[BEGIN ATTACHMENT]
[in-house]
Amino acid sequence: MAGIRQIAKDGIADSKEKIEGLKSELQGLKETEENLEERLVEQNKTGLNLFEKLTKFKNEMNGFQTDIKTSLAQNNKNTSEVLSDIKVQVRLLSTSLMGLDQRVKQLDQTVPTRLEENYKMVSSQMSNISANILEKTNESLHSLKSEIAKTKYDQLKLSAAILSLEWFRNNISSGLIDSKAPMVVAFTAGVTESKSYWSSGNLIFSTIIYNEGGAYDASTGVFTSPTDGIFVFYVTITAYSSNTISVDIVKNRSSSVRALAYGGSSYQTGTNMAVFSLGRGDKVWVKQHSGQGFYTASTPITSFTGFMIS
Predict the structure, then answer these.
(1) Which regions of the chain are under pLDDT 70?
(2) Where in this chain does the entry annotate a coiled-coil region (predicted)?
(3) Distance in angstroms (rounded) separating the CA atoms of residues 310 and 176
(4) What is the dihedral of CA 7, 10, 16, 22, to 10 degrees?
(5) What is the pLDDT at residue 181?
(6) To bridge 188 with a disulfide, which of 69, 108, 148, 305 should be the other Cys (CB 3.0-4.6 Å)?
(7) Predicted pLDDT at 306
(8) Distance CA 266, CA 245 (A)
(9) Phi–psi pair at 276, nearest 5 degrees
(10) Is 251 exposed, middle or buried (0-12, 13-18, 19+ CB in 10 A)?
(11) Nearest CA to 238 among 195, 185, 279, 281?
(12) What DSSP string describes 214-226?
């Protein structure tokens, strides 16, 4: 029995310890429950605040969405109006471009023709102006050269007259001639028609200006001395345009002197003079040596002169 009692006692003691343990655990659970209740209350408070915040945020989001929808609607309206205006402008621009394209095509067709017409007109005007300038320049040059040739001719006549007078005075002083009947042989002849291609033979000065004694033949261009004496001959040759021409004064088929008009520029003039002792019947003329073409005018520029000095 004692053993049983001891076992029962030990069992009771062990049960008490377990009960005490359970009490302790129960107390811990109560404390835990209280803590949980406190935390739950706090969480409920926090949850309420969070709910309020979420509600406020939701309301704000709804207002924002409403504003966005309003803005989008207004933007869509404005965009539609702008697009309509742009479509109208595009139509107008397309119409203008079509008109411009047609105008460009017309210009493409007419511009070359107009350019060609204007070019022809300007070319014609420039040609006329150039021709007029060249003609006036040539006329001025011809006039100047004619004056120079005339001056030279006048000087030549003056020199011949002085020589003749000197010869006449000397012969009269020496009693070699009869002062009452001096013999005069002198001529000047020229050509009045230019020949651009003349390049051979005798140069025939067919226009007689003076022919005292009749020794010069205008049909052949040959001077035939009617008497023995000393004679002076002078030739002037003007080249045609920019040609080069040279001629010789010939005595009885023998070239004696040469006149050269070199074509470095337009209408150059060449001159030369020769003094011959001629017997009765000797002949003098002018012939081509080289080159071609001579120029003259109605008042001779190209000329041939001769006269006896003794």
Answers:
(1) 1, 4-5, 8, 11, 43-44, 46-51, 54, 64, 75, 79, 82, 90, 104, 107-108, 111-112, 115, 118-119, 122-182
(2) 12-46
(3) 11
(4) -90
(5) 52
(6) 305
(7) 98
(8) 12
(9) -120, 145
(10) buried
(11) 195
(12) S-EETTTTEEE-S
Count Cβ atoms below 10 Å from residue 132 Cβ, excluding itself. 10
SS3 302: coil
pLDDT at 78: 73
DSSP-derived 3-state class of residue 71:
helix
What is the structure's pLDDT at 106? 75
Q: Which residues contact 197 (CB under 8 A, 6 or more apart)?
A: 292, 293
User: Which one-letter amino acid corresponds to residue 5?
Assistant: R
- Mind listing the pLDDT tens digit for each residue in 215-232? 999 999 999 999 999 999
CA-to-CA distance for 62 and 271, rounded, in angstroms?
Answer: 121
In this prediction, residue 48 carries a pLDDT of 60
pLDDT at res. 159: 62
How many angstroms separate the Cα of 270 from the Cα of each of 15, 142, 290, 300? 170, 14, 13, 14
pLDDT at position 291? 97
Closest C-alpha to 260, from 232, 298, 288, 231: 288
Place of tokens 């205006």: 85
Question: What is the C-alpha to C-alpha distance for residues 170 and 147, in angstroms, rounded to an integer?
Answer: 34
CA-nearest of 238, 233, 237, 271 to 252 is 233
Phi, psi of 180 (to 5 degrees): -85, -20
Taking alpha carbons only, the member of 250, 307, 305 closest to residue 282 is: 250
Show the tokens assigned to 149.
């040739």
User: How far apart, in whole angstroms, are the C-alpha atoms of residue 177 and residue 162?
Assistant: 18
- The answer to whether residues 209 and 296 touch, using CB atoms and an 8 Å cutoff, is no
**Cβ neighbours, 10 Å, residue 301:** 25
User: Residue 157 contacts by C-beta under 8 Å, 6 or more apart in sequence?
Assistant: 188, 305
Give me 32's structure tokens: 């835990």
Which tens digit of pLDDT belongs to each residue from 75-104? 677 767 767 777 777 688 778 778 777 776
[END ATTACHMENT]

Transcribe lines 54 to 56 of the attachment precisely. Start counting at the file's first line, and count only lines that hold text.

Show the tokens assigned to 149.
């040739």
User: How far apart, in whole angstroms, are the C-alpha atoms of residue 177 and residue 162?